But the tech sector has been shedding tens of thousands of workers in the last few months, something Wolff said isn’t surprising. “Tech in particular saw a ton of hiring during the pandemic, and a lot of these companies are getting their payrolls back to the size that they were before the pandemic,” he said. “Labor's becoming more expensive as people are demanding higher wages and they're moving around between industries.”   

And, Wolff said, companies are preparing themselves in case recession is on the horizon. “There's a lot of uncertainty about the direction that the economy's going right now. Significant percentages of CEOs are predicting recession right now,” he said. “We saw that businesses that entered the pandemic with extra cash on hand, with less overhead, came out much stronger. So businesses are trying to enter this possible next recession in a healthy way so that they can survive and grow.”

“The recession is a mild concern, but is not a severe concern,” Vu said. “There's still room to put at least pressure on inflation.”

That pressure, if it comes, will at least partly come from interest rates set by the Federal Reserve. What will happen at the next meeting of the Board of Governors in mid-February could mean the difference between recovery and recession.

“That will be very tricky because currently the labor market is still going very strong and whatever inflation is left is now mostly in services. And that's mostly driven by wages going up all over the place because the labor market is going so well,” Lindequist said. “At some point, if the Fed still wants to keep on reducing inflation, it may have to cool down the labor market, which people don't like for understandable reasons. But it may be what’s needed to bring inflation back to the Fed’s target of 2%.”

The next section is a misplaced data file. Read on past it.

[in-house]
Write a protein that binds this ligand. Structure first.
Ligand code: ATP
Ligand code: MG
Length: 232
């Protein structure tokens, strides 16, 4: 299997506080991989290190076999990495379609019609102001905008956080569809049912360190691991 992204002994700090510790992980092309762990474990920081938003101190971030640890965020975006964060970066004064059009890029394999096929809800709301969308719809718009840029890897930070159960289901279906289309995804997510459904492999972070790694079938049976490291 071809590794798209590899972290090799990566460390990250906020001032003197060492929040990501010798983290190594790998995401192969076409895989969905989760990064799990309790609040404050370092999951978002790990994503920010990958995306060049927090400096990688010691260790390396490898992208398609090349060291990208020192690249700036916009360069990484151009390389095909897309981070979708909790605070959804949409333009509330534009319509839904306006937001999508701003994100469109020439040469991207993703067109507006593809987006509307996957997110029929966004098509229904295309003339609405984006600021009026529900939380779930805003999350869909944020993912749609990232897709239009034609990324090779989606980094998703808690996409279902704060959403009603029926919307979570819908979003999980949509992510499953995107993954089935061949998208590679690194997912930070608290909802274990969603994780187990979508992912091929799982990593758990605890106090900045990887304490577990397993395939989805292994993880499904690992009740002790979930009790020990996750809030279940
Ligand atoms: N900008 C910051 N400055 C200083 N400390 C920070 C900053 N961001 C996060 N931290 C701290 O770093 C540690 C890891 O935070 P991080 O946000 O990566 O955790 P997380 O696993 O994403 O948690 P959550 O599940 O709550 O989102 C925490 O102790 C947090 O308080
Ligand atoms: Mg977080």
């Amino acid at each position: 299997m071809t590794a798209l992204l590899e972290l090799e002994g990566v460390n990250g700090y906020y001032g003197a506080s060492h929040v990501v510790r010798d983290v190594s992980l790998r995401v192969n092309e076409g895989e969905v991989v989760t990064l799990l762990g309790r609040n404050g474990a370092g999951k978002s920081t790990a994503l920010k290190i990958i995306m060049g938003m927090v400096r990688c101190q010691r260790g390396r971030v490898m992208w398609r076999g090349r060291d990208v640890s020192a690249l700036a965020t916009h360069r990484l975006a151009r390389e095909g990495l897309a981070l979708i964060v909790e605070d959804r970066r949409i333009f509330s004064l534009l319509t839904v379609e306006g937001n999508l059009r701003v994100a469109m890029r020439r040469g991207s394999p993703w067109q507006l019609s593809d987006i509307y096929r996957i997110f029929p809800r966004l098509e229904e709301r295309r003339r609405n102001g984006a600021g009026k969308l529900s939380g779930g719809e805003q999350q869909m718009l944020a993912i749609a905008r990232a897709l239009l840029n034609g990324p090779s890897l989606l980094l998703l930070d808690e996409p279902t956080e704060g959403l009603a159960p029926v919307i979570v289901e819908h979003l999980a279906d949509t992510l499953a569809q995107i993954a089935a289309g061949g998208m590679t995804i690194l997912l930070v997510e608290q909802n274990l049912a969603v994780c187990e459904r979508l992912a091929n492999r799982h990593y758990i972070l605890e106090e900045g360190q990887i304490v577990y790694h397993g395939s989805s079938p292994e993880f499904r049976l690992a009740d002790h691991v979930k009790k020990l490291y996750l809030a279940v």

“The Fed is doing what they need to do. They are slowing demand,” Wolff said. “They're looking for a soft landing. And so what they're looking to do is guide the economy in by slowing demand just enough to tame inflation, but not so much that it leads to rapid increases in unemployment and economic decline.”

“I would imagine they would at least keep the interest rate high for right now, and if they increase the interest rates, they would increase them very slowly,” Vu said. “If they keep increasing, 50 basis points or a full percent, that'll completely kill the economy, kill the momentum, which is something that they don't really want to do because they would end up with in a situation that you have high inflation at the same time you would have low economic growth.”

“So expect this to play out over several months. We've been saying that since the beginning that this is going to be a long-term battle,” Wolff said. “That looks like another six to nine months of really clear communication on the Fed’s part that we're going to stay the course until inflation begins to approach more normal levels.”